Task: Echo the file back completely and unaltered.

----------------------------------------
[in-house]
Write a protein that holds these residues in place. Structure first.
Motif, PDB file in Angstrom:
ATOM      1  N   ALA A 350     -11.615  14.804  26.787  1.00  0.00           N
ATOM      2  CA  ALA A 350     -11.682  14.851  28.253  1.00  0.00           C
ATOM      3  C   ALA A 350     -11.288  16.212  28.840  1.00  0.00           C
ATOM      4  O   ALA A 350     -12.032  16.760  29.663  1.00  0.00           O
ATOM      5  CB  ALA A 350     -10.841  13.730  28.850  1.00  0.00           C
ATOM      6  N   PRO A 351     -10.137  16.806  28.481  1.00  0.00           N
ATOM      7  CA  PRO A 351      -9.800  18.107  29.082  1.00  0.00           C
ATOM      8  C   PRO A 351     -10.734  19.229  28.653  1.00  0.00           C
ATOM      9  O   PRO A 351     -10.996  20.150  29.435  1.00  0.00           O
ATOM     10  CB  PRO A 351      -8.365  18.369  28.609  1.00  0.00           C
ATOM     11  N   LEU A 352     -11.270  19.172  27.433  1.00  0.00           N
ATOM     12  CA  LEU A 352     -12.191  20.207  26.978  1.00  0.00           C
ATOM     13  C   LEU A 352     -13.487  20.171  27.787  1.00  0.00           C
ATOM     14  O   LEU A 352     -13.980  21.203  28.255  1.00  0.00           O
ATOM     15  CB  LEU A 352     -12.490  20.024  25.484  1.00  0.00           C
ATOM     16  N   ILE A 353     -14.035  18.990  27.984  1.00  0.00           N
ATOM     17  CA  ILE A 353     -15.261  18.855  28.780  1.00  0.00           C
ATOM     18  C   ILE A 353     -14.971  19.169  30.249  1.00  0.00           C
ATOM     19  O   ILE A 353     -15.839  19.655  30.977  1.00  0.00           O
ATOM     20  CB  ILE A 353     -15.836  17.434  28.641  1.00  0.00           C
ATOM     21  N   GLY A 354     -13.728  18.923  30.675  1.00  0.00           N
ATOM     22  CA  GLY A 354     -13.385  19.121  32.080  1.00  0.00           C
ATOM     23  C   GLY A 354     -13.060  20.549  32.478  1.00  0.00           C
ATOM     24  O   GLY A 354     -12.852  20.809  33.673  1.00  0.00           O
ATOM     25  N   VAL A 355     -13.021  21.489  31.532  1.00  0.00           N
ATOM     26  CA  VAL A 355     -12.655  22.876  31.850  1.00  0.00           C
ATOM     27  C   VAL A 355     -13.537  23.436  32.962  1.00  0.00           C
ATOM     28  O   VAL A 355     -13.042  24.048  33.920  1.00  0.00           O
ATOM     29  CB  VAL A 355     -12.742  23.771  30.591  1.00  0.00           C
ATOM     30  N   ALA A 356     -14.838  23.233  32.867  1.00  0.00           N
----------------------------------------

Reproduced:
[in-house]
Write a protein that holds these residues in place. Structure first.
Motif, PDB file in Angstrom:
ATOM      1  N   ALA A 350     -11.615  14.804  26.787  1.00  0.00           N
ATOM      2  CA  ALA A 350     -11.682  14.851  28.253  1.00  0.00           C
ATOM      3  C   ALA A 350     -11.288  16.212  28.840  1.00  0.00           C
ATOM      4  O   ALA A 350     -12.032  16.760  29.663  1.00  0.00           O
ATOM      5  CB  ALA A 350     -10.841  13.730  28.850  1.00  0.00           C
ATOM      6  N   PRO A 351     -10.137  16.806  28.481  1.00  0.00           N
ATOM      7  CA  PRO A 351      -9.800  18.107  29.082  1.00  0.00           C
ATOM      8  C   PRO A 351     -10.734  19.229  28.653  1.00  0.00           C
ATOM      9  O   PRO A 351     -10.996  20.150  29.435  1.00  0.00           O
ATOM     10  CB  PRO A 351      -8.365  18.369  28.609  1.00  0.00           C
ATOM     11  N   LEU A 352     -11.270  19.172  27.433  1.00  0.00           N
ATOM     12  CA  LEU A 352     -12.191  20.207  26.978  1.00  0.00           C
ATOM     13  C   LEU A 352     -13.487  20.171  27.787  1.00  0.00           C
ATOM     14  O   LEU A 352     -13.980  21.203  28.255  1.00  0.00           O
ATOM     15  CB  LEU A 352     -12.490  20.024  25.484  1.00  0.00           C
ATOM     16  N   ILE A 353     -14.035  18.990  27.984  1.00  0.00           N
ATOM     17  CA  ILE A 353     -15.261  18.855  28.780  1.00  0.00           C
ATOM     18  C   ILE A 353     -14.971  19.169  30.249  1.00  0.00           C
ATOM     19  O   ILE A 353     -15.839  19.655  30.977  1.00  0.00           O
ATOM     20  CB  ILE A 353     -15.836  17.434  28.641  1.00  0.00           C
ATOM     21  N   GLY A 354     -13.728  18.923  30.675  1.00  0.00           N
ATOM     22  CA  GLY A 354     -13.385  19.121  32.080  1.00  0.00           C
ATOM     23  C   GLY A 354     -13.060  20.549  32.478  1.00  0.00           C
ATOM     24  O   GLY A 354     -12.852  20.809  33.673  1.00  0.00           O
ATOM     25  N   VAL A 355     -13.021  21.489  31.532  1.00  0.00           N
ATOM     26  CA  VAL A 355     -12.655  22.876  31.850  1.00  0.00           C
ATOM     27  C   VAL A 355     -13.537  23.436  32.962  1.00  0.00           C
ATOM     28  O   VAL A 355     -13.042  24.048  33.920  1.00  0.00           O
ATOM     29  CB  VAL A 355     -12.742  23.771  30.591  1.00  0.00           C
ATOM     30  N   ALA A 356     -14.838  23.233  32.867  1.00  0.00           N